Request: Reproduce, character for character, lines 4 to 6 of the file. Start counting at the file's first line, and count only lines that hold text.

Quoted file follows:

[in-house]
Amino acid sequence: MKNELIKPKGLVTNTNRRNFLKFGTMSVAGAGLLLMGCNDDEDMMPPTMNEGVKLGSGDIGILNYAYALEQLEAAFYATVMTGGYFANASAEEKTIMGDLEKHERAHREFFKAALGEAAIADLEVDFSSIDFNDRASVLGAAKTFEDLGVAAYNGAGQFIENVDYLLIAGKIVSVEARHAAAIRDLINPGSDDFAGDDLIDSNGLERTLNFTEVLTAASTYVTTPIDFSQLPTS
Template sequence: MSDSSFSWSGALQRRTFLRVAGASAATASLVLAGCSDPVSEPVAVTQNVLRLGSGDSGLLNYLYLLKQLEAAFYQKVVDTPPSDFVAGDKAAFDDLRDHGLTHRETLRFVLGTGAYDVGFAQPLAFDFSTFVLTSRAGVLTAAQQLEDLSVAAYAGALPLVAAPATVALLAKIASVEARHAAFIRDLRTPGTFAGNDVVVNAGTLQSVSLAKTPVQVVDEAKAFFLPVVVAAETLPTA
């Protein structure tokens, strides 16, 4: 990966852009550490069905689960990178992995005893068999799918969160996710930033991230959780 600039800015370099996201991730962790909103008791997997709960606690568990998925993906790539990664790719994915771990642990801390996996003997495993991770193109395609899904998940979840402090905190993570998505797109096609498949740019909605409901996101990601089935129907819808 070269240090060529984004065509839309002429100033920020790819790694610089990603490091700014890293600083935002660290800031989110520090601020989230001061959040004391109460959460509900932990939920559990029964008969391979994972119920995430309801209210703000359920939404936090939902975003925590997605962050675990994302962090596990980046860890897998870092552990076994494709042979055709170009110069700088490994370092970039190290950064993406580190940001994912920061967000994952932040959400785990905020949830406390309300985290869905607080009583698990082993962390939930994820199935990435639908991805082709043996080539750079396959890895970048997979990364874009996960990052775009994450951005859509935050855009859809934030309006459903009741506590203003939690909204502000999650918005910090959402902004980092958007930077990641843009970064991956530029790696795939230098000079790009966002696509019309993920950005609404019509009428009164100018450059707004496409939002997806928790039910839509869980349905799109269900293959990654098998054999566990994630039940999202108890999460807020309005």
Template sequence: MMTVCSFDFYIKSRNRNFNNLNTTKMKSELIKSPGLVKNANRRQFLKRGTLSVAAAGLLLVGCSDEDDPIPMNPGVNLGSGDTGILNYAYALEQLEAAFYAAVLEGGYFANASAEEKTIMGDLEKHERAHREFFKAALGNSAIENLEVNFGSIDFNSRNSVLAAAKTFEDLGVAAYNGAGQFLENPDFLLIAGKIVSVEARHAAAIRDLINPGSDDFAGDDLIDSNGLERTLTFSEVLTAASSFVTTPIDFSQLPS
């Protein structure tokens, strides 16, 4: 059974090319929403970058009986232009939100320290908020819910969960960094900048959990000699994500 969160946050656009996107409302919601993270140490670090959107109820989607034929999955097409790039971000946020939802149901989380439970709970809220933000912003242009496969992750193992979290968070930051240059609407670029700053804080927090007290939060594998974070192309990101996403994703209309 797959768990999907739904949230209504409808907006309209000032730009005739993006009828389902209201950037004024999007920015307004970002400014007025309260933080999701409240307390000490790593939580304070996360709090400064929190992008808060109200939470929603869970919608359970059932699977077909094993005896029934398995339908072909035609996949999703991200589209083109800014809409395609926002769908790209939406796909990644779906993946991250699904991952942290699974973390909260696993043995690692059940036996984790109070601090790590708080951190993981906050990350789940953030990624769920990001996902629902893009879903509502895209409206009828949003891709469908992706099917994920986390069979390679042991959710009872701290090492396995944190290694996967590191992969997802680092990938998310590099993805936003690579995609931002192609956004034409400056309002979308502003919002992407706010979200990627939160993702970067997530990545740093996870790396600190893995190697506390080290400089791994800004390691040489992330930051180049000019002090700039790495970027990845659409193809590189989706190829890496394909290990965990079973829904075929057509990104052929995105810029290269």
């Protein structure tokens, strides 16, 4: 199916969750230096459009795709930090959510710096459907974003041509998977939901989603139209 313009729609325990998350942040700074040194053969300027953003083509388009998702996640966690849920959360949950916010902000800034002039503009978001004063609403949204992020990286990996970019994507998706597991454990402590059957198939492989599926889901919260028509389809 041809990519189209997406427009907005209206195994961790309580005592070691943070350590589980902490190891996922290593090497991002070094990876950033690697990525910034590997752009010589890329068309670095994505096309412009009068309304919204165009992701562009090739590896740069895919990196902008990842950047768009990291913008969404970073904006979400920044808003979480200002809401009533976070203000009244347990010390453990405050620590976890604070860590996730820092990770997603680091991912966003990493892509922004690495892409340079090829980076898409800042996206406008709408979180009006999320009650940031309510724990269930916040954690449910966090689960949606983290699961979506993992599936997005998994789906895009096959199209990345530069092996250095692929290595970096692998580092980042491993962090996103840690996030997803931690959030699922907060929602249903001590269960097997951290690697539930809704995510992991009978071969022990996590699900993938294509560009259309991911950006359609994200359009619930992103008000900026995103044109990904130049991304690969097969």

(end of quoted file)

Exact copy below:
């Protein structure tokens, strides 16, 4: 990966852009550490069905689960990178992995005893068999799918969160996710930033991230959780 600039800015370099996201991730962790909103008791997997709960606690568990998925993906790539990664790719994915771990642990801390996996003997495993991770193109395609899904998940979840402090905190993570998505797109096609498949740019909605409901996101990601089935129907819808 070269240090060529984004065509839309002429100033920020790819790694610089990603490091700014890293600083935002660290800031989110520090601020989230001061959040004391109460959460509900932990939920559990029964008969391979994972119920995430309801209210703000359920939404936090939902975003925590997605962050675990994302962090596990980046860890897998870092552990076994494709042979055709170009110069700088490994370092970039190290950064993406580190940001994912920061967000994952932040959400785990905020949830406390309300985290869905607080009583698990082993962390939930994820199935990435639908991805082709043996080539750079396959890895970048997979990364874009996960990052775009994450951005859509935050855009859809934030309006459903009741506590203003939690909204502000999650918005910090959402902004980092958007930077990641843009970064991956530029790696795939230098000079790009966002696509019309993920950005609404019509009428009164100018450059707004496409939002997806928790039910839509869980349905799109269900293959990654098998054999566990994630039940999202108890999460807020309005």
Template sequence: MMTVCSFDFYIKSRNRNFNNLNTTKMKSELIKSPGLVKNANRRQFLKRGTLSVAAAGLLLVGCSDEDDPIPMNPGVNLGSGDTGILNYAYALEQLEAAFYAAVLEGGYFANASAEEKTIMGDLEKHERAHREFFKAALGNSAIENLEVNFGSIDFNSRNSVLAAAKTFEDLGVAAYNGAGQFLENPDFLLIAGKIVSVEARHAAAIRDLINPGSDDFAGDDLIDSNGLERTLTFSEVLTAASSFVTTPIDFSQLPS
């Protein structure tokens, strides 16, 4: 059974090319929403970058009986232009939100320290908020819910969960960094900048959990000699994500 969160946050656009996107409302919601993270140490670090959107109820989607034929999955097409790039971000946020939802149901989380439970709970809220933000912003242009496969992750193992979290968070930051240059609407670029700053804080927090007290939060594998974070192309990101996403994703209309 797959768990999907739904949230209504409808907006309209000032730009005739993006009828389902209201950037004024999007920015307004970002400014007025309260933080999701409240307390000490790593939580304070996360709090400064929190992008808060109200939470929603869970919608359970059932699977077909094993005896029934398995339908072909035609996949999703991200589209083109800014809409395609926002769908790209939406796909990644779906993946991250699904991952942290699974973390909260696993043995690692059940036996984790109070601090790590708080951190993981906050990350789940953030990624769920990001996902629902893009879903509502895209409206009828949003891709469908992706099917994920986390069979390679042991959710009872701290090492396995944190290694996967590191992969997802680092990938998310590099993805936003690579995609931002192609956004034409400056309002979308502003919002992407706010979200990627939160993702970067997530990545740093996870790396600190893995190697506390080290400089791994800004390691040489992330930051180049000019002090700039790495970027990845659409193809590189989706190829890496394909290990965990079973829904075929057509990104052929995105810029290269």